Motor racing business Formula One will start pre-marketing for its up to $3 billion Singapore initial public offering, writes Reuters. Formula One, which holds 20 races around the world and has a more than 500 million television viewers, is controlled by private equity firm CVC Capital Partners, with a 63.4 percent stake. CVC plans to reduce its stake as part of the IPO along with other shareholders, writes Reuters.
Reuters – Motor racing business Formula One will start pre-marketing for its up to $3 billion Singapore initial public offering on May 22 after receiving approval from the city’s stock exchange for the deal, sources with direct knowledge of the plans said on Monday.
The company is seeking to raise at least $2.5 billion, vying to rank among the top IPOs in the world this year after Facebook Inc raised as much as $18.4 billion and a planned $3 billion listing by Malaysia’s Felda Global Ventures Holding.
The IPO is set to be priced before the end of June after the company and its bankers meet with investors and fund managers to gauge demand for the IPO, the sources said, who asked not to be named because they were not authorized to speak publicly on the matter.
Formula One would join British luxury jeweler Graff Diamonds in braving equity markets despite a slump in global stocks. Graff started taking orders on Monday from institutional investors for its up to $1 billion Hong Kong IPO.
IPOs had their worst start in about for years in the Asia-Pacific region with overall equity market activity down about a fifth from 2011 as investors fretted at buying new shares because of falling markets.
MSCI’s index for Asia ex-Japan fell about 10.4 percent over the past month on concerns over slower growth in China and the fallout from Europe’s debt crisis. A source close to the Formula One deal said on May 12 the IPO could be delayed because of the ongoing market jitters.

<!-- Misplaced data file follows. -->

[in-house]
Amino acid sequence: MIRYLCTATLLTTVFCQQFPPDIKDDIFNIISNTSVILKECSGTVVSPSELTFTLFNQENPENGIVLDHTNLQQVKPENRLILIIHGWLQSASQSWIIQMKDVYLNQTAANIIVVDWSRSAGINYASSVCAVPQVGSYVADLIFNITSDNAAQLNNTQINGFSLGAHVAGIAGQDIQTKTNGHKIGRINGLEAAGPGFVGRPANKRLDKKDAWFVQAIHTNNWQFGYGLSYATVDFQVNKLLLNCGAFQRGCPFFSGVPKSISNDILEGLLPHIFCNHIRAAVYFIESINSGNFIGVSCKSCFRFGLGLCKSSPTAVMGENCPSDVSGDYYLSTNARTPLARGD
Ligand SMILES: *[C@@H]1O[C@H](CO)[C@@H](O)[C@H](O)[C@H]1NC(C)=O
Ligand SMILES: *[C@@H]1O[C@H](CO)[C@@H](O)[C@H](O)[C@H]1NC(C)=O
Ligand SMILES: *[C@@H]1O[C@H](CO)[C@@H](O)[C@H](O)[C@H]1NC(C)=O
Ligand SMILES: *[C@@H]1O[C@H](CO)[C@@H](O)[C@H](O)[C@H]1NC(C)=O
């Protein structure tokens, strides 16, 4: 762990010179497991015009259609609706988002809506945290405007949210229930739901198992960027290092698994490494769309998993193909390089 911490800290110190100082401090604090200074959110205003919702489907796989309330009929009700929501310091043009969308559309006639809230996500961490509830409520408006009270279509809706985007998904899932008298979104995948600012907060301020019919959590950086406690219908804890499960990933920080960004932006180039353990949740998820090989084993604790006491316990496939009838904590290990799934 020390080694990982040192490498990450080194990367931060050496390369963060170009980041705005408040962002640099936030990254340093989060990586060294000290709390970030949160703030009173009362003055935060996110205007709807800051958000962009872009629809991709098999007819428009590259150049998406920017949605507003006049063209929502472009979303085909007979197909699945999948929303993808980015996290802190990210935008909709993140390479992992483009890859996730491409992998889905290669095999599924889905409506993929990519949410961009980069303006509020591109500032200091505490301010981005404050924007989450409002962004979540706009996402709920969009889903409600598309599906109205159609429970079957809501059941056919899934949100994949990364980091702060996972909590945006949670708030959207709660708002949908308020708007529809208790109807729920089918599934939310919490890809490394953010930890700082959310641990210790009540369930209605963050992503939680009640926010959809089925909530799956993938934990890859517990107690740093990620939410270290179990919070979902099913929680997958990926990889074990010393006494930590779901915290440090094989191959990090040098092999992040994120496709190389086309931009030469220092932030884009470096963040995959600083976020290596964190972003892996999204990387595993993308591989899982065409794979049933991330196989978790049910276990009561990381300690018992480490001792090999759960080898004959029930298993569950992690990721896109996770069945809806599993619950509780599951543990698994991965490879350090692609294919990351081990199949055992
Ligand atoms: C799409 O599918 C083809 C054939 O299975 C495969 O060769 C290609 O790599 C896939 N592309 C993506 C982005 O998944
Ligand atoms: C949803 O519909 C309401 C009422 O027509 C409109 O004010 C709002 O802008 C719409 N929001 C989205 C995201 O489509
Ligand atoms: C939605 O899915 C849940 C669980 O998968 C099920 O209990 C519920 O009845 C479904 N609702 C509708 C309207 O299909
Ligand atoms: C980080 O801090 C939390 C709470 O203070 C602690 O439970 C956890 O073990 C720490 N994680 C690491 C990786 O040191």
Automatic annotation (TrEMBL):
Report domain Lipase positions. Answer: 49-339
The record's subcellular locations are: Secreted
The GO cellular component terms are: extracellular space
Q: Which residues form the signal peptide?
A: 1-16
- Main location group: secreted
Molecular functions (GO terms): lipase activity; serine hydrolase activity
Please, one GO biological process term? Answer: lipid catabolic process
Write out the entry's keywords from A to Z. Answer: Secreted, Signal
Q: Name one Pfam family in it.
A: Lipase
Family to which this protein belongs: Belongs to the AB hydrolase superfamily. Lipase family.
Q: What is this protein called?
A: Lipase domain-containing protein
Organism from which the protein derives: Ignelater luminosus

Formula One could have its B+ long-term debt ratings lifted one notch after the IPO because of an expected improvement in its debt profile, Standard & Poor’s said in a May 15 report when it put the company on “positive” watch.
The decision “mainly reflects our view that after the IPO in the next two to three years, Formula One’s adjusted leverage is likely to lessen significantly and durably and that private equity sponsors will exit Formula One’s capital in the medium term,” S&P said in the report.
Formula One’s IPO approval by the Singapore exchange was reported earlier by Bloomberg.
Formula One, which holds 20 races around the world and has a more than 500 million television viewers, is controlled by private equity firm CVC Capital Partners, with a 63.4 percent stake.
CVC plans to reduce its stake as part of the IPO along with other shareholders in Formula One, the source added.
Formula One earlier this month unveiled a $1.8 billion refinancing package to help lay the groundwork for the IPO.
Goldman Sachs, Morgan Stanley and UBS were hired to lead the IPO. Spain’s Banco Santander , Singapore’s DBS Group and Malaysia’s CIMB will also act as joint bookrunners on the deal.